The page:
The church is doing a summer series, “Summer at the Movies” and the entire theme is around movies and theatres (hence the signage on the way in, the popcorn being served, and the …… popcorn buckets used to receive offerings).

I love themes.

But I also love the fact that no matter what the outside receptacle, the contributions we choose to make are consistently the same. It’s so easy to get wrapped up in the trappings that don’t matter.

When I go to my family reunion Saturday, someone’s baseball cap will be used to collect the money we contribute annually to pay for paper goods. That always makes me smile …. so functional ….. so “family reunion.”

I am so glad I had the opportunity to go to church with my daughter. The theme was “Finding Dory” and (spoiler alert) how, despite being separated, her parents never stopped believing she would find her way back to them.

They worked every day to make sure she had a path back (several paths back) and they, being parents, remained in one place so she wouldn’t get confused.

Don’t we all need a central source of love that always believes we’ll make it back?

Five Minute Friday

This post is part of the weekly Five Minute Friday linkup.

Mental Health Days and Leave Policies: What Works?

I saw a link to She took a day off to focus on mental health. Her CEO’s response has gone viral several times last week before I finally clicked on it. I had suspected, before I read the post, that I would love it. I did love it, but it also raised questions and generated dialogue among my Facebook friends beyond “wow that’s great.”

In summary, when Madalyn Parker advised her co-workers that she would be out of the office, she was transparent about the fact that she hoped the time off would help her cope with depression and return to work more focused and mentally healthy.

In a follow-up post, Parker’s boss, Ben Congleton, said this:

I cannot believe that it is still controversial to speak about mental health in the workplace when 1 in 6 americans are medicated for mental health.

Destigmatizing Mental Health

First, I agree with Parker and Congleton that mental health should be treated no differently than a physical ailment such as an infection or broken bone.

This infographic from Deloitte lays it out well:

Workplace Mental Health

My acquaintance Pauline said in a recent post about her mental health diagnoses:

The stigma that came with each diagnosis was reinforced by the fact that pretending everything was okay was the only option.

 

Policies about Leave Time are a Inconsistent and Challenging

While Parker’s specific story resonated with me, a tweet about it on Twitter activated a different personal emotional hot spot. Here’s the tweet:

Workplace Mental Health

It didn’t hit a hot spot because of Cohen’s question/opinion, but it hit a hot spot because I worked for years at a place I loved, but a place which didn’t have separate sick leave vs personal leave for years (a split between the two types of leave was adopted eventually).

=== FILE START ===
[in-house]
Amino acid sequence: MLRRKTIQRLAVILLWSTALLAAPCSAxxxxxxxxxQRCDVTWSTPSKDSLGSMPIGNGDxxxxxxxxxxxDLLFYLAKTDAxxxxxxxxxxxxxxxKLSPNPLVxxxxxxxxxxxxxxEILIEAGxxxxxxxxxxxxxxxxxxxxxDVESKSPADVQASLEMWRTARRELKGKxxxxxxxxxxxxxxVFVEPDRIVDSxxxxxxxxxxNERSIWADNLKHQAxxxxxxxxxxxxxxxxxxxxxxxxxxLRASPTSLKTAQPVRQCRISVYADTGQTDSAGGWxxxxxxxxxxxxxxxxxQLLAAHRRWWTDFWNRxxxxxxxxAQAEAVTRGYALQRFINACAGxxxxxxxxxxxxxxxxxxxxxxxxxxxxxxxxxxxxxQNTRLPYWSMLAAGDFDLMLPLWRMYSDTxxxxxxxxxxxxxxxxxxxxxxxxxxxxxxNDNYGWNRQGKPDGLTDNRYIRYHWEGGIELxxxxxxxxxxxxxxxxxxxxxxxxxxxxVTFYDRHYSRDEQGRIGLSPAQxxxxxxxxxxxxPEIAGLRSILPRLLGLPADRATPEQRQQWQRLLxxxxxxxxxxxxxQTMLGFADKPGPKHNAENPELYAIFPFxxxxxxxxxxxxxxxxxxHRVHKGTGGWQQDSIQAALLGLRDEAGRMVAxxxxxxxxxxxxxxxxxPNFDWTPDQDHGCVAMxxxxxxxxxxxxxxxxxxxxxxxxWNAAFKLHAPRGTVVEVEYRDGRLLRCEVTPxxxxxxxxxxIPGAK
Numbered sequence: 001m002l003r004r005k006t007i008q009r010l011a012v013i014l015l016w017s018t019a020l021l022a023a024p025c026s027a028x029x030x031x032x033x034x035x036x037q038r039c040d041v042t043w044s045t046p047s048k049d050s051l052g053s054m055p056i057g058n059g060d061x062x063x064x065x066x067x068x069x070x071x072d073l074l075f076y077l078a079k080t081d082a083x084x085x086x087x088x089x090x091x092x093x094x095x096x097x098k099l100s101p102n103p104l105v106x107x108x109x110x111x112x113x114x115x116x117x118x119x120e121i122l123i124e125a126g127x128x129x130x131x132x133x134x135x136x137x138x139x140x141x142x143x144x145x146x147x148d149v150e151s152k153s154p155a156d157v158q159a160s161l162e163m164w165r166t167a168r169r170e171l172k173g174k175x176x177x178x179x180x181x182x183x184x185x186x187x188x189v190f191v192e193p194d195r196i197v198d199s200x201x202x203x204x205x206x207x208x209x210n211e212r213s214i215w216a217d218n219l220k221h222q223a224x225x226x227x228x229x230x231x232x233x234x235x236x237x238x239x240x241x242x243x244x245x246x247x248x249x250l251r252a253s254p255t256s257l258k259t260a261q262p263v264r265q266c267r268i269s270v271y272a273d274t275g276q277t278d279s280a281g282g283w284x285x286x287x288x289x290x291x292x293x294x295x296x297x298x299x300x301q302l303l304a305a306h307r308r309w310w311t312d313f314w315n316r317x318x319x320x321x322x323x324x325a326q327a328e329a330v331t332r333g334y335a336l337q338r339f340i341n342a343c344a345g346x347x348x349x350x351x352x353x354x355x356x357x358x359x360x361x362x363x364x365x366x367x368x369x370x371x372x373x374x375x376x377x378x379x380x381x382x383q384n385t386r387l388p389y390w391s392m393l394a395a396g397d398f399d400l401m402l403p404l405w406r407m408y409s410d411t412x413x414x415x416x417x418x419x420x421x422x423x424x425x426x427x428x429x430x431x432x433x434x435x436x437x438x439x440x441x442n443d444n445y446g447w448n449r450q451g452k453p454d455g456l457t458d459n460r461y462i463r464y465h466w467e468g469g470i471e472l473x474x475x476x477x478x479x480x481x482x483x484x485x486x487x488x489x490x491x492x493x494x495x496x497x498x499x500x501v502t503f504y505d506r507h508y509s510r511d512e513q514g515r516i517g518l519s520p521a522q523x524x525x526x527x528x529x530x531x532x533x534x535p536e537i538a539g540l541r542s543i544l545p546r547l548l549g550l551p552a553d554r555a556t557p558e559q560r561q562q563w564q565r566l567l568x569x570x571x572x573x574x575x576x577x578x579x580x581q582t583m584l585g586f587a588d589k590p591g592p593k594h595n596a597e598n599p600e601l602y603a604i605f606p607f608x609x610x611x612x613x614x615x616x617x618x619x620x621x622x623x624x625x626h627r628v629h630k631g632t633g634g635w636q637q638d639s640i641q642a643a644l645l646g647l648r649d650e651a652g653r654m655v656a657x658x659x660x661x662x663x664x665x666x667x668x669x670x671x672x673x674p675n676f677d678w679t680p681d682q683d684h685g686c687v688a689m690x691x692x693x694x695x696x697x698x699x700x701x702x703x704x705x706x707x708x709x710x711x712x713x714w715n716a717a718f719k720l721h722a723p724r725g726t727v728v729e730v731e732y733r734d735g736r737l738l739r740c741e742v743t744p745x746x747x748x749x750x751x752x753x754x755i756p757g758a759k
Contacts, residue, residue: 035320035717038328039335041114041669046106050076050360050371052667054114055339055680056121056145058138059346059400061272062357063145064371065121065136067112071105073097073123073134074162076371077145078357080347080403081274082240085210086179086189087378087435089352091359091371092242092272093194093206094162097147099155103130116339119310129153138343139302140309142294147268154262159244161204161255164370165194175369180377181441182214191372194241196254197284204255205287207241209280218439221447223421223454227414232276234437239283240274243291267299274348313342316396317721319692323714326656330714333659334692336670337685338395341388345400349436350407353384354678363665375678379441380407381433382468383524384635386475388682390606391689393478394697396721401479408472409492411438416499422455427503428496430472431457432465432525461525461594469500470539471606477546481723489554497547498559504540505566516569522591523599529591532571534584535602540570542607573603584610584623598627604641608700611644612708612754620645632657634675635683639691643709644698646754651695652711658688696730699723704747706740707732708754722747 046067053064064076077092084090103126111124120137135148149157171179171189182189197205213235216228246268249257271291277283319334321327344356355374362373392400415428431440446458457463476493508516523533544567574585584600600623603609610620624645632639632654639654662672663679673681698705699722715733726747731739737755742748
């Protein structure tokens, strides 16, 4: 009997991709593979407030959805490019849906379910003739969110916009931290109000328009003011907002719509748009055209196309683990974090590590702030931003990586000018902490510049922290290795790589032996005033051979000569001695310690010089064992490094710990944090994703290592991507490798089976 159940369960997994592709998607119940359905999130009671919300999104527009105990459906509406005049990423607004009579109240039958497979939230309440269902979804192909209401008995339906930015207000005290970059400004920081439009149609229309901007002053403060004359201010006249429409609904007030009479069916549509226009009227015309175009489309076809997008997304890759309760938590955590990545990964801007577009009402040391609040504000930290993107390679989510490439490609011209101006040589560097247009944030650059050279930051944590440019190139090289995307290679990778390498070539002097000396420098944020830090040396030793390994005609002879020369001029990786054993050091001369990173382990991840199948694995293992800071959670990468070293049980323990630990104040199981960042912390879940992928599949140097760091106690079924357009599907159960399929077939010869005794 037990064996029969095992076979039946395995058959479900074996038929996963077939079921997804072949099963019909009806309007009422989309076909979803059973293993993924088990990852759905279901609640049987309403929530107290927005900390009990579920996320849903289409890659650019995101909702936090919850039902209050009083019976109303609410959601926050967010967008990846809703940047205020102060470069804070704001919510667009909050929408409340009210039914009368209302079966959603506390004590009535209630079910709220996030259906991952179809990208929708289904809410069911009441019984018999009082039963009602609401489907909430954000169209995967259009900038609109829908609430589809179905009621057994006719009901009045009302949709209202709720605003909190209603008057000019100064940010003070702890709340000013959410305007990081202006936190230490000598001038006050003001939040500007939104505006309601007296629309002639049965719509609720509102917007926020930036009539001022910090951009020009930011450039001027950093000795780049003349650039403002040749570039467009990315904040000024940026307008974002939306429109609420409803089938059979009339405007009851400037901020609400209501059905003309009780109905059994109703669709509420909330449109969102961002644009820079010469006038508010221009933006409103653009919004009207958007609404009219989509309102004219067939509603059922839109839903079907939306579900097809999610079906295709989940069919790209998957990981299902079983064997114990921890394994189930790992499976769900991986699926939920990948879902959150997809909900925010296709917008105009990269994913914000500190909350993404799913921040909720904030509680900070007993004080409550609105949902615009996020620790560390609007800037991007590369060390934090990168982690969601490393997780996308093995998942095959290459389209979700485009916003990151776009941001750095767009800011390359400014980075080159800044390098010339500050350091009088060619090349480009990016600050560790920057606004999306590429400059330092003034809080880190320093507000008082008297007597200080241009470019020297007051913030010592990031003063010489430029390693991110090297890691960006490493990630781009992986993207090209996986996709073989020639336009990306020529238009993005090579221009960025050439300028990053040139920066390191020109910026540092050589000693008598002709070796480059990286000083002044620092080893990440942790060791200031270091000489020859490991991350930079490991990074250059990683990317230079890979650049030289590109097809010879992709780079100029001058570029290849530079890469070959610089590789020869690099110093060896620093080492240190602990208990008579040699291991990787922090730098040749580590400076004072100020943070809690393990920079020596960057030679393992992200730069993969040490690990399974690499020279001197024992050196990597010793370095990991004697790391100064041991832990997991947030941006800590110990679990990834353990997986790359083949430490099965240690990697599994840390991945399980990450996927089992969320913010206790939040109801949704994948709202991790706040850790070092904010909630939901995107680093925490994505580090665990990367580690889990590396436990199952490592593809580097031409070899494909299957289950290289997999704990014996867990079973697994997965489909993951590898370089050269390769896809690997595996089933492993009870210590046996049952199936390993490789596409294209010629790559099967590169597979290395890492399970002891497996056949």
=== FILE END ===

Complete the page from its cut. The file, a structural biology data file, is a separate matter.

I suppose my breakdown of the issues related to how leave policies are defined would be something for a different post (or a human resources professional), but here are the immediate emotions/thoughts it unlocked.

When you have an “all the leave hours in one bucket” policy, you may be more likely to go to work sick because you want to save your leave time for either discretionary activities (like vacations) OR for your children’s illnesses, for maternity leave, or for obligations. An all-in-one policy is also somewhat unfair for people with children (who have to take off for their children’s illnesses), for people who may have more severe health issues who have to use that leave time for medical reasons and don’t get to take as much “fun” time off.

I know the above paragraph may not sound like it’s about mental health, but it certainly was for me. Once I spent all my leave time on maternity leave (the organization subsequently acquired short-term disability policies, which helped some), there was very little time left to take care of me. 

More About Leave Time

It is so easy for us to get in a bubble about the topic of leave. One friend, who works in retail, said this:

I would never think of saying such a thing as that to my boss. At a previous job in retail, I learned that the ever-changing shift work was setting off so many triggers with my condition, I requested and received an ADA compensation that I have regularly set hours. The management were forced to meet the requirement but they gossiped about my diagnosis, and used it against me until the day I left. I can’t take that chance again.

This topic brought up so many other rapidly ricocheting thoughts in my brain.

I thought about all the enrollees’ families (mostly moms, but dads too) I talked to in two decades at Healthy Kids who could. not. leave. their. hourly wage jobs (many in retail, as my friend alludes to above) to take a child to the doctor (even if they had transportation), to take care of their own physical health (much less mental) without risking getting fired.

THEN, my mind went to the people I have met in Central America who would, I am pretty sure, just find it laughable, absolutely not an option, and downright hilarious that we worry about “having time off to center ourselves.” The ability to do something, ANYTHING, to earn enough to feed their family for the day, the walking for hours and having to fend off violence and shakedowns just to get, for example, fish to sell, is such a far cry from the experiences many of us here in America have.

My Personal Experiences